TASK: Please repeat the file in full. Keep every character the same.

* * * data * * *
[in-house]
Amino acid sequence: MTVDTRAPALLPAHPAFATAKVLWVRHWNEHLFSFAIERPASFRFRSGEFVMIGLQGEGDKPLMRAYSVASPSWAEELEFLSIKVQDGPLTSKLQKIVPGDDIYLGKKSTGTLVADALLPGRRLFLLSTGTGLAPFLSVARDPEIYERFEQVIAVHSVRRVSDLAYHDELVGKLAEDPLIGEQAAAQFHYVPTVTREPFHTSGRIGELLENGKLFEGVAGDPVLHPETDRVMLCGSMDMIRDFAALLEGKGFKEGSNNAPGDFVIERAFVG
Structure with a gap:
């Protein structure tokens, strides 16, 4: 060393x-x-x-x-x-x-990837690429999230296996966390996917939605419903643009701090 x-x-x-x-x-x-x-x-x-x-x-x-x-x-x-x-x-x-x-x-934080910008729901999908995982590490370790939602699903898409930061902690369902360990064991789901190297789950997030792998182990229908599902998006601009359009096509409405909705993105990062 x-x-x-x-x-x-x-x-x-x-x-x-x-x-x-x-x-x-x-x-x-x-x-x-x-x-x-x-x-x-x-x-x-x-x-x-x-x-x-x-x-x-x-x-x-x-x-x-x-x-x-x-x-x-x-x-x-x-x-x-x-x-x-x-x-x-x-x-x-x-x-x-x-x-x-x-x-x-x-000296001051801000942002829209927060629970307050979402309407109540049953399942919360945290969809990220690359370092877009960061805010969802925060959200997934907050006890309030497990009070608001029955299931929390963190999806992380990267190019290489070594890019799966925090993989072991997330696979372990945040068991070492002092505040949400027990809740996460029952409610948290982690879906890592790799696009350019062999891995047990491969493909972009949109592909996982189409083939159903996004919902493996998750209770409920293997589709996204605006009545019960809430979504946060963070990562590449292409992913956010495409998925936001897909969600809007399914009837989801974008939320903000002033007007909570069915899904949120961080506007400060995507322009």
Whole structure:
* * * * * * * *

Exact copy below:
[in-house]
Amino acid sequence: MTVDTRAPALLPAHPAFATAKVLWVRHWNEHLFSFAIERPASFRFRSGEFVMIGLQGEGDKPLMRAYSVASPSWAEELEFLSIKVQDGPLTSKLQKIVPGDDIYLGKKSTGTLVADALLPGRRLFLLSTGTGLAPFLSVARDPEIYERFEQVIAVHSVRRVSDLAYHDELVGKLAEDPLIGEQAAAQFHYVPTVTREPFHTSGRIGELLENGKLFEGVAGDPVLHPETDRVMLCGSMDMIRDFAALLEGKGFKEGSNNAPGDFVIERAFVG
Structure with a gap:
């Protein structure tokens, strides 16, 4: 060393x-x-x-x-x-x-990837690429999230296996966390996917939605419903643009701090 x-x-x-x-x-x-x-x-x-x-x-x-x-x-x-x-x-x-x-x-934080910008729901999908995982590490370790939602699903898409930061902690369902360990064991789901190297789950997030792998182990229908599902998006601009359009096509409405909705993105990062 x-x-x-x-x-x-x-x-x-x-x-x-x-x-x-x-x-x-x-x-x-x-x-x-x-x-x-x-x-x-x-x-x-x-x-x-x-x-x-x-x-x-x-x-x-x-x-x-x-x-x-x-x-x-x-x-x-x-x-x-x-x-x-x-x-x-x-x-x-x-x-x-x-x-x-x-x-x-x-000296001051801000942002829209927060629970307050979402309407109540049953399942919360945290969809990220690359370092877009960061805010969802925060959200997934907050006890309030497990009070608001029955299931929390963190999806992380990267190019290489070594890019799966925090993989072991997330696979372990945040068991070492002092505040949400027990809740996460029952409610948290982690879906890592790799696009350019062999891995047990491969493909972009949109592909996982189409083939159903996004919902493996998750209770409920293997589709996204605006009545019960809430979504946060963070990562590449292409992913956010495409998925936001897909969600809007399914009837989801974008939320903000002033007007909570069915899904949120961080506007400060995507322009």
Whole structure: